Study: Lengthy EHR Notes Contributing To Physician Burnout

Physician Burnout

Effective healthcare documentation is crucial to convey clinical information about a patient’s diagnosis, treatment, and outcomes, for communication between clinicians and payers, and to avoid compliance issues. Outsourcing medical transcription is a widely accepted strategy to ensure complete and accurate electronic health record (EHR) documentation and ease physician burnout. In fact, several studies have reported that physician stress and burnout are directly linked to EHRs. According to a recent study, EHR progress notes are becoming lengthier and more redundant in all specialties, increasing clinician burnout concerns.

Templates Undermining the Value of the EHR

The research, which was published in JAMA Network Open, was based on a study of 2.7 million clinical progress notes created by 6,228 clinicians and staff members at an academic medical center between 2009 and 2018.  The researchers found that in the decade since EHRs were adopted in 2009, median note length increased 60.1 percent, from 401 words to 642 words. Other findings of the study:

  • Median note redundancy (the proportion of text identical to the patient’s last note), increased from 7.9 percent to 58.8 percent, by 10.9 percent.
  • Newer employees (residents and fellows) wrote 26.3 percent longer notes than more senior employees.
  • Each year after an author started using the EHR saw a 1.8 percent increase in note length.
  • EHR clinician notes that had a higher proportion of templated or copied text were significantly longer and more redundant.
  • In all specialties, less than 50% of note text was directly typed in 2018. In 36 specialties, less than one-third of note text was directly typed in.
  • Up to 55.9 percent text written in 2018 was templated as compared to 14.7 percent which was copied.

Templates may be taking away from the value of patient health records, according to the study. The researchers wrote: “Templates can reduce documentation time and increase standardization, but can also add potentially irrelevant information or introduce errors, as when used to insert default examination findings which were not actually observed.”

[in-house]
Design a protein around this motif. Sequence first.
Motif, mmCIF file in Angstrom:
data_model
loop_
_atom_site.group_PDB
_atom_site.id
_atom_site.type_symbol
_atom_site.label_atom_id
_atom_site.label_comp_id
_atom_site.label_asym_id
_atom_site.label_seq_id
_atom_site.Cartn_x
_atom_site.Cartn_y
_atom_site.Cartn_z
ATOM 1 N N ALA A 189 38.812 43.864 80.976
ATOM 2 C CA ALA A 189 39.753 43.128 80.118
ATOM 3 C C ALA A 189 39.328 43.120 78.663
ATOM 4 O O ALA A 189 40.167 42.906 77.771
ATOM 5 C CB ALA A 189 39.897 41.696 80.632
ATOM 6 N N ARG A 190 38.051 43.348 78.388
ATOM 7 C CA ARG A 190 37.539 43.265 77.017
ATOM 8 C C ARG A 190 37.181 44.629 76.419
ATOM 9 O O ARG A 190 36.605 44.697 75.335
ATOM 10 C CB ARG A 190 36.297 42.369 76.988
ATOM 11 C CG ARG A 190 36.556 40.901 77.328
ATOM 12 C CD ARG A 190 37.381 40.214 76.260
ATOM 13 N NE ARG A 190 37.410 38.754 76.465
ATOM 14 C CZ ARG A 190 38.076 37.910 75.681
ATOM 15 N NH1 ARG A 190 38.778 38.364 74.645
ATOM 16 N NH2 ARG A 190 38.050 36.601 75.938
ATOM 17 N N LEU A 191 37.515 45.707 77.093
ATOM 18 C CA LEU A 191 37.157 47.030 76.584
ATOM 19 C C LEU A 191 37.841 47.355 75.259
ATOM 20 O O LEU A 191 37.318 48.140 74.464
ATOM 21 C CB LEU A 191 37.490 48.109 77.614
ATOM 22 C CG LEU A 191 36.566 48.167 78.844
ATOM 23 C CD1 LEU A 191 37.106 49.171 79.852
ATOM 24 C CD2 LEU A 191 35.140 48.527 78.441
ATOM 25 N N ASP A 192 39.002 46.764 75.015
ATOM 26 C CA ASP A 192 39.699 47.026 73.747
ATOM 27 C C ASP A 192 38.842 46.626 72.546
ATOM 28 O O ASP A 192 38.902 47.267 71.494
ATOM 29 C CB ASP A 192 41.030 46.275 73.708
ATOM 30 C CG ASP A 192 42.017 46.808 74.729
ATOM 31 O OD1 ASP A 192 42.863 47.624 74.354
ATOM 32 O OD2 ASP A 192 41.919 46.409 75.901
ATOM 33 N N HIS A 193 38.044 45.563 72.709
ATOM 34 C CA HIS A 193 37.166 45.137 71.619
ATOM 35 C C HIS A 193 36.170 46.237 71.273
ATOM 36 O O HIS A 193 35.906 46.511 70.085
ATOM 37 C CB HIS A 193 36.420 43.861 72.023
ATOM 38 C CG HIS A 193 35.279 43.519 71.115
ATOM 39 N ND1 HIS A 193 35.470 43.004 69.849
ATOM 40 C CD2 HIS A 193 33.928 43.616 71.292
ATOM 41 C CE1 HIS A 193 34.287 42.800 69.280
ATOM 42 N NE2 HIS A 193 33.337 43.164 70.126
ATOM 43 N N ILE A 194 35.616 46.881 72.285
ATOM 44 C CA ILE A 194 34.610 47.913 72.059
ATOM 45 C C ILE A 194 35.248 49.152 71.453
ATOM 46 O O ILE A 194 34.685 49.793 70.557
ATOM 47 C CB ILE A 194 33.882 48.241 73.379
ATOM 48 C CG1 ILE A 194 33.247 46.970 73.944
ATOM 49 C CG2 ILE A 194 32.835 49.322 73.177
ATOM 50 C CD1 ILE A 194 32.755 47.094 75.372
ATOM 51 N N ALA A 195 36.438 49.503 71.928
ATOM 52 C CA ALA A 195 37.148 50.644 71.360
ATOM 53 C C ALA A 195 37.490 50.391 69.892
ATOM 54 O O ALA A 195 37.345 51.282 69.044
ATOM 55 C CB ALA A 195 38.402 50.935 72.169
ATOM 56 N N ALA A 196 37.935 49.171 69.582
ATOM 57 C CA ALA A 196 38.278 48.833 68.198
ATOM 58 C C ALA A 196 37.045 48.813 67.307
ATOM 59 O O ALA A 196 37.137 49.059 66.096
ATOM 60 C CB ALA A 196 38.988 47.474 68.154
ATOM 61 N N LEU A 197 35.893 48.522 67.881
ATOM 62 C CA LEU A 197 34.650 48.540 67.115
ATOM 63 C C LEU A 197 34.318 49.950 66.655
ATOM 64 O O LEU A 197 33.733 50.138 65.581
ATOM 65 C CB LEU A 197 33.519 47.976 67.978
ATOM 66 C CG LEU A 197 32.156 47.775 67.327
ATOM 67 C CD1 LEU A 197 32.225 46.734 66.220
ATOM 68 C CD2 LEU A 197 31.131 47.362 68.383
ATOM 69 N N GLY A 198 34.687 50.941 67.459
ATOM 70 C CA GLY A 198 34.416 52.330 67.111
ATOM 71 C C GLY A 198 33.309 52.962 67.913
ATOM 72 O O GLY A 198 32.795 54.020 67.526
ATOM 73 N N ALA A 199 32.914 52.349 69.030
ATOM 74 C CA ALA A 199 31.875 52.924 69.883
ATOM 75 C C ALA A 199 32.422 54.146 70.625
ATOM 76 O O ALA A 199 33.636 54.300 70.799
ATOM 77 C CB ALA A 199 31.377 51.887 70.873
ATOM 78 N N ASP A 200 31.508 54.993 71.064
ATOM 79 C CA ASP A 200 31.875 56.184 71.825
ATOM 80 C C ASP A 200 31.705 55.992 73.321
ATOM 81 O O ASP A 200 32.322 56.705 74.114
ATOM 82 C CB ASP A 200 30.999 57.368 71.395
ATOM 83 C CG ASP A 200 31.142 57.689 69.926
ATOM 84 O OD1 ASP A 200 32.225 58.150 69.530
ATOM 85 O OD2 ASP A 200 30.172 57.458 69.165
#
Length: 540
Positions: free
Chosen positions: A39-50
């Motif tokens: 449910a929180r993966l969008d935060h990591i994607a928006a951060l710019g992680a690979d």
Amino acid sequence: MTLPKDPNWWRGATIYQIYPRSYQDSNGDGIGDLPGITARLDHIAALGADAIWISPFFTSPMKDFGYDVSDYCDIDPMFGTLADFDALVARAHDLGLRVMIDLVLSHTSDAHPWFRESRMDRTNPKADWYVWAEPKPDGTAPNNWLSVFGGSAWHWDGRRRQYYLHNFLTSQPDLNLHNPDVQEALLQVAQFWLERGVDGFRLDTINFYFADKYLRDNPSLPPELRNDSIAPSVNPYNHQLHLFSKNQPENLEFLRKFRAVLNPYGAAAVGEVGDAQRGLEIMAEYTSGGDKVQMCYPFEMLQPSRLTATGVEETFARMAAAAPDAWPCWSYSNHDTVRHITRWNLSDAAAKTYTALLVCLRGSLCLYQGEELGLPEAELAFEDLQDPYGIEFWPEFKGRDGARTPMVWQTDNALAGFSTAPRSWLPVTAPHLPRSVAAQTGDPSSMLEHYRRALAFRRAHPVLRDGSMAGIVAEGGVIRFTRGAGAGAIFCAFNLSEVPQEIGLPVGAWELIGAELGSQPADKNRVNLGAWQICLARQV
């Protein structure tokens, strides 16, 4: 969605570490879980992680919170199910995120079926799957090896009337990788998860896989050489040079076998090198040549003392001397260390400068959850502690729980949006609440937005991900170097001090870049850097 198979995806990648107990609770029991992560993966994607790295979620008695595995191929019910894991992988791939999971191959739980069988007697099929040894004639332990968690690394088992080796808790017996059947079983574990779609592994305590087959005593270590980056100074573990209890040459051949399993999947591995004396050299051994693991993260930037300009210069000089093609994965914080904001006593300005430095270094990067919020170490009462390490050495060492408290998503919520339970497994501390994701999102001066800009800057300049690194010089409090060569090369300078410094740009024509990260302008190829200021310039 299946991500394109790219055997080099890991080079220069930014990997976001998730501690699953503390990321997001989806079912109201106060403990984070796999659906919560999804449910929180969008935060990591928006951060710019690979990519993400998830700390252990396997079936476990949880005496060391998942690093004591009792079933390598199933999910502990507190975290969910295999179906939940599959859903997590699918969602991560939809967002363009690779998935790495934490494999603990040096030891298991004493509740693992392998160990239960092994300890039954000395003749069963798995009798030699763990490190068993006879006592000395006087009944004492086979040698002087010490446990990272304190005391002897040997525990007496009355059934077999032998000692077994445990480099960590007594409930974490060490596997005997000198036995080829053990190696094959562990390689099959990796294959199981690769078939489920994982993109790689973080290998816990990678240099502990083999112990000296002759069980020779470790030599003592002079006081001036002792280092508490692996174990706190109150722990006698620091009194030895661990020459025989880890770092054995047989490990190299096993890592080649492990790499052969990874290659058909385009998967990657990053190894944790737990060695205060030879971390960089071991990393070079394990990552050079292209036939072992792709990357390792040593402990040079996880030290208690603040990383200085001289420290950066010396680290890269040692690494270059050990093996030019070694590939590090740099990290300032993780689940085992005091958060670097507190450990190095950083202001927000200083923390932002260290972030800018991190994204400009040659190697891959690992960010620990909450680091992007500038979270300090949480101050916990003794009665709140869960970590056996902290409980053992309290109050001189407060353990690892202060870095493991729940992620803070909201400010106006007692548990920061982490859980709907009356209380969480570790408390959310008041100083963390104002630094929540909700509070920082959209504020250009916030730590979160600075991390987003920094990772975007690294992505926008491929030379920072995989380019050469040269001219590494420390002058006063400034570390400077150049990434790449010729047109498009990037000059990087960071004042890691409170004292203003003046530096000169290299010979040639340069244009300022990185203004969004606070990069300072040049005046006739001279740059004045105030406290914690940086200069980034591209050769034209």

The researchers concluded that patient care notes have become lengthier and more redundant since electronic health records were adopted in 2009. The two key findings of the study are:

  • A major proportion of note text is templated or copied
  • Residents, fellows, and more recent hires write significantly longer notes

Another study published in 2018 analyzed similarity in progress notes from successive outpatient ophthalmology encounters. This study also found that content importing technology results in duplication of large amounts of clinical text in EHR progress notes. The key points highlighted by the researchers are as follows:

  • The average ophthalmology progress note is long.
  • The major portion of each note subsection is identical to prior notes.
  • Important note sections make up a small portion of overall length.
  • EHR content importing technology has made it more difficult for physicians to find the most important sections of the note.
  • Copied text may be outdated or internally inconsistent and the errors may propagate throughout subsequent notes.
  • Redundant information makes it difficult to distinguish between current and historical data, and when and by whom the documentation was first written.
  • Reading longer progress notes takes more time.

The researchers noted that importing large amounts of EHR data may reduce the reliability of the medical record. 

Institutional Policies and EHR Redesign can make a Difference

Institutional policies can make a difference by encouraging brief, succinct progress notes and restricting the use of templates that import medication lists or past medical history. Such information is associated with a patient encounter but should be kept separate from the main body of the progress note text.

EHRs should be redesigned to limit the amount of computer-generated text inserted into the progress note. Billing and other information that is not directly related to patient care should be kept separate from clinician-generated text or displayed only on demand instead of by default. EHRs should also provide physicians with more control over how and where important information is displayed.

How Medical Transcription Outsourcing Helps

Partnering with a medical transcription company to aid with documentation can decrease clinician burden. Experienced medical transcriptionists can ensure accurate and timely EHR documentation. With a reliable company handling their EHR documentation tasks, physicians can focus on strengthening relationships patients and optimizing care.